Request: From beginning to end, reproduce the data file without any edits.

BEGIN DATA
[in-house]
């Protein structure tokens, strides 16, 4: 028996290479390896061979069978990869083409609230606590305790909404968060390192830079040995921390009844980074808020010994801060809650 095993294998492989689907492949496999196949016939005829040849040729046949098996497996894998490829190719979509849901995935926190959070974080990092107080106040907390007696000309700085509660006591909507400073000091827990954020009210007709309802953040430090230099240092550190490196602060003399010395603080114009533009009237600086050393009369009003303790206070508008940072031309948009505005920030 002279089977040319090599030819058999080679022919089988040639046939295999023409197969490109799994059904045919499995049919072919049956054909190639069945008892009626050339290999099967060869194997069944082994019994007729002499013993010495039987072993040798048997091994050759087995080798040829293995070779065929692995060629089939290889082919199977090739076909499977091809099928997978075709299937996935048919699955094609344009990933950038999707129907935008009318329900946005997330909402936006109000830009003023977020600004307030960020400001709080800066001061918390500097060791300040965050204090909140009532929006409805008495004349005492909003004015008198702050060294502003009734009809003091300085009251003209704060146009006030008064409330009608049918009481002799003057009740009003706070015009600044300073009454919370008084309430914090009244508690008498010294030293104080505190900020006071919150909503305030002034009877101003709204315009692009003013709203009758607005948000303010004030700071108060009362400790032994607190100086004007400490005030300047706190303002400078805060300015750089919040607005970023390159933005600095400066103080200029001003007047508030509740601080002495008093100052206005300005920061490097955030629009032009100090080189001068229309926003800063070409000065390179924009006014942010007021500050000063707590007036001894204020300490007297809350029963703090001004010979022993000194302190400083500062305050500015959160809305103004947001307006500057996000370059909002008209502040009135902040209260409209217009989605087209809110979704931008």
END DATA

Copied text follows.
[in-house]
């Protein structure tokens, strides 16, 4: 028996290479390896061979069978990869083409609230606590305790909404968060390192830079040995921390009844980074808020010994801060809650 095993294998492989689907492949496999196949016939005829040849040729046949098996497996894998490829190719979509849901995935926190959070974080990092107080106040907390007696000309700085509660006591909507400073000091827990954020009210007709309802953040430090230099240092550190490196602060003399010395603080114009533009009237600086050393009369009003303790206070508008940072031309948009505005920030 002279089977040319090599030819058999080679022919089988040639046939295999023409197969490109799994059904045919499995049919072919049956054909190639069945008892009626050339290999099967060869194997069944082994019994007729002499013993010495039987072993040798048997091994050759087995080798040829293995070779065929692995060629089939290889082919199977090739076909499977091809099928997978075709299937996935048919699955094609344009990933950038999707129907935008009318329900946005997330909402936006109000830009003023977020600004307030960020400001709080800066001061918390500097060791300040965050204090909140009532929006409805008495004349005492909003004015008198702050060294502003009734009809003091300085009251003209704060146009006030008064409330009608049918009481002799003057009740009003706070015009600044300073009454919370008084309430914090009244508690008498010294030293104080505190900020006071919150909503305030002034009877101003709204315009692009003013709203009758607005948000303010004030700071108060009362400790032994607190100086004007400490005030300047706190303002400078805060300015750089919040607005970023390159933005600095400066103080200029001003007047508030509740601080002495008093100052206005300005920061490097955030629009032009100090080189001068229309926003800063070409000065390179924009006014942010007021500050000063707590007036001894204020300490007297809350029963703090001004010979022993000194302190400083500062305050500015959160809305103004947001307006500057996000370059909002008209502040009135902040209260409209217009989605087209809110979704931008």